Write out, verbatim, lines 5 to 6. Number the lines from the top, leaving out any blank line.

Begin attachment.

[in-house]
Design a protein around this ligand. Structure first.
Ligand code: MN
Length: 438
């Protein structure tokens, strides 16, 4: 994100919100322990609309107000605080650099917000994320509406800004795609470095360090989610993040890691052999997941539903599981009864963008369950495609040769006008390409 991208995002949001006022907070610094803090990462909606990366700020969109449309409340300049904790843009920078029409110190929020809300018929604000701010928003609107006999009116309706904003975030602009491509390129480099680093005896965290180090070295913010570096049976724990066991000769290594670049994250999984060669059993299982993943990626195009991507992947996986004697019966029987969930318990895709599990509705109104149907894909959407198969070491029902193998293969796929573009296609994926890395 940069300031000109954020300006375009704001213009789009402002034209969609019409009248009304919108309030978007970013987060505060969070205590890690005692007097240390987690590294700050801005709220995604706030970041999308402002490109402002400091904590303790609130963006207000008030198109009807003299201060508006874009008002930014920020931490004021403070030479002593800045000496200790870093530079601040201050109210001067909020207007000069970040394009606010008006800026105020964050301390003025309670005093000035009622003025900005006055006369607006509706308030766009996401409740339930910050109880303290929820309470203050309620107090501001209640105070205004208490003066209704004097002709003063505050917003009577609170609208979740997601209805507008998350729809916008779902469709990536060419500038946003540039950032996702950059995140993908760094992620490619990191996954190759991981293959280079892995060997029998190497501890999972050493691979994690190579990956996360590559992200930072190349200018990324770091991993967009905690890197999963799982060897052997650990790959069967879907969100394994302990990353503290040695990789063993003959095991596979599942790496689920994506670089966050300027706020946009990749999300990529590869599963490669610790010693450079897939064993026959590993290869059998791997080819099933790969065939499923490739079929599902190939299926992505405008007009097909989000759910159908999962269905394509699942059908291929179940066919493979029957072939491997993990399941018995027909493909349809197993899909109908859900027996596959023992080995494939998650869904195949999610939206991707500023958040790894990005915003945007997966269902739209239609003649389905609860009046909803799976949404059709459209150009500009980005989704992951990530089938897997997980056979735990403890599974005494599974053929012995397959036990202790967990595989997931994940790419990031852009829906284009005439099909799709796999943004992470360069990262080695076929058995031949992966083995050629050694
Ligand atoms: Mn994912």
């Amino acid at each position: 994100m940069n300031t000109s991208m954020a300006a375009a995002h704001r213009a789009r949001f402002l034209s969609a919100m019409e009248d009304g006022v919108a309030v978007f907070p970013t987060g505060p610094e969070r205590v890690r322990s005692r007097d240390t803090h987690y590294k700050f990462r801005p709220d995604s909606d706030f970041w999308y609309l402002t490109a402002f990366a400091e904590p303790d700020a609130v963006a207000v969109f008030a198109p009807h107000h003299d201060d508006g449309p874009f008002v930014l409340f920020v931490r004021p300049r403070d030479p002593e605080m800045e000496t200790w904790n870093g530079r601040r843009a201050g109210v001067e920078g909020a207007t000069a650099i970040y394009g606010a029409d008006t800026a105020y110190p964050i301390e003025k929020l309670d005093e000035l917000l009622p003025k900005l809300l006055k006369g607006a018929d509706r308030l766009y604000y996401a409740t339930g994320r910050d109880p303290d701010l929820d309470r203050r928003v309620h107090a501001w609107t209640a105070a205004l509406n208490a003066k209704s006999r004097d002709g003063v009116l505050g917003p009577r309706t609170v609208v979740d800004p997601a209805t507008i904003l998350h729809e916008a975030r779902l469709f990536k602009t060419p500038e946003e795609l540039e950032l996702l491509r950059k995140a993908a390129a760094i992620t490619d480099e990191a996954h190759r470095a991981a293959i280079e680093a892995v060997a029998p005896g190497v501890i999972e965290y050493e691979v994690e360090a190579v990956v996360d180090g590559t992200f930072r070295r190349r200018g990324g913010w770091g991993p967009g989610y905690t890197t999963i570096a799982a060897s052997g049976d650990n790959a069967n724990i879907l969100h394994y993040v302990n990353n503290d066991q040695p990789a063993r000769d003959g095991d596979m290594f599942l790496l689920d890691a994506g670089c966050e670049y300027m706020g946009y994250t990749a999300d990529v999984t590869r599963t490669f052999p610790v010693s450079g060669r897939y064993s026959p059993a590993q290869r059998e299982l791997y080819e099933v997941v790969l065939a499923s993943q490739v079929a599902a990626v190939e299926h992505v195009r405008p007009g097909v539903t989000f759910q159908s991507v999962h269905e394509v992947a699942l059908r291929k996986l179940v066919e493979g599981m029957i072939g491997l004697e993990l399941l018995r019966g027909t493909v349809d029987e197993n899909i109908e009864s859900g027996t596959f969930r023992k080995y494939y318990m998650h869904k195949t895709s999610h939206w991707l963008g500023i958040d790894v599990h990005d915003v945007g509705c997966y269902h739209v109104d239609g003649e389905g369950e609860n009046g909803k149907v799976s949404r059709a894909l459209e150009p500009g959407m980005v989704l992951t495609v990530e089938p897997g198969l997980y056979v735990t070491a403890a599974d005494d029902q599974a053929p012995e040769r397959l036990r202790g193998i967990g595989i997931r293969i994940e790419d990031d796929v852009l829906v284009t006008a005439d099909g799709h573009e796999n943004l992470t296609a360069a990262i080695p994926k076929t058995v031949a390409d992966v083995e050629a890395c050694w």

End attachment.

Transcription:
């Protein structure tokens, strides 16, 4: 994100919100322990609309107000605080650099917000994320509406800004795609470095360090989610993040890691052999997941539903599981009864963008369950495609040769006008390409 991208995002949001006022907070610094803090990462909606990366700020969109449309409340300049904790843009920078029409110190929020809300018929604000701010928003609107006999009116309706904003975030602009491509390129480099680093005896965290180090070295913010570096049976724990066991000769290594670049994250999984060669059993299982993943990626195009991507992947996986004697019966029987969930318990895709599990509705109104149907894909959407198969070491029902193998293969796929573009296609994926890395 940069300031000109954020300006375009704001213009789009402002034209969609019409009248009304919108309030978007970013987060505060969070205590890690005692007097240390987690590294700050801005709220995604706030970041999308402002490109402002400091904590303790609130963006207000008030198109009807003299201060508006874009008002930014920020931490004021403070030479002593800045000496200790870093530079601040201050109210001067909020207007000069970040394009606010008006800026105020964050301390003025309670005093000035009622003025900005006055006369607006509706308030766009996401409740339930910050109880303290929820309470203050309620107090501001209640105070205004208490003066209704004097002709003063505050917003009577609170609208979740997601209805507008998350729809916008779902469709990536060419500038946003540039950032996702950059995140993908760094992620490619990191996954190759991981293959280079892995060997029998190497501890999972050493691979994690190579990956996360590559992200930072190349200018990324770091991993967009905690890197999963799982060897052997650990790959069967879907969100394994302990990353503290040695990789063993003959095991596979599942790496689920994506670089966050300027706020946009990749999300990529590869599963490669610790010693450079897939064993026959590993290869059998791997080819099933790969065939499923490739079929599902190939299926992505405008007009097909989000759910159908999962269905394509699942059908291929179940066919493979029957072939491997993990399941018995027909493909349809197993899909109908859900027996596959023992080995494939998650869904195949999610939206991707500023958040790894990005915003945007997966269902739209239609003649389905609860009046909803799976949404059709459209150009500009980005989704992951990530089938897997997980056979735990403890599974005494599974053929012995397959036990202790967990595989997931994940790419990031852009829906284009005439099909799709796999943004992470360069990262080695076929058995031949992966083995050629050694
Ligand atoms: Mn994912």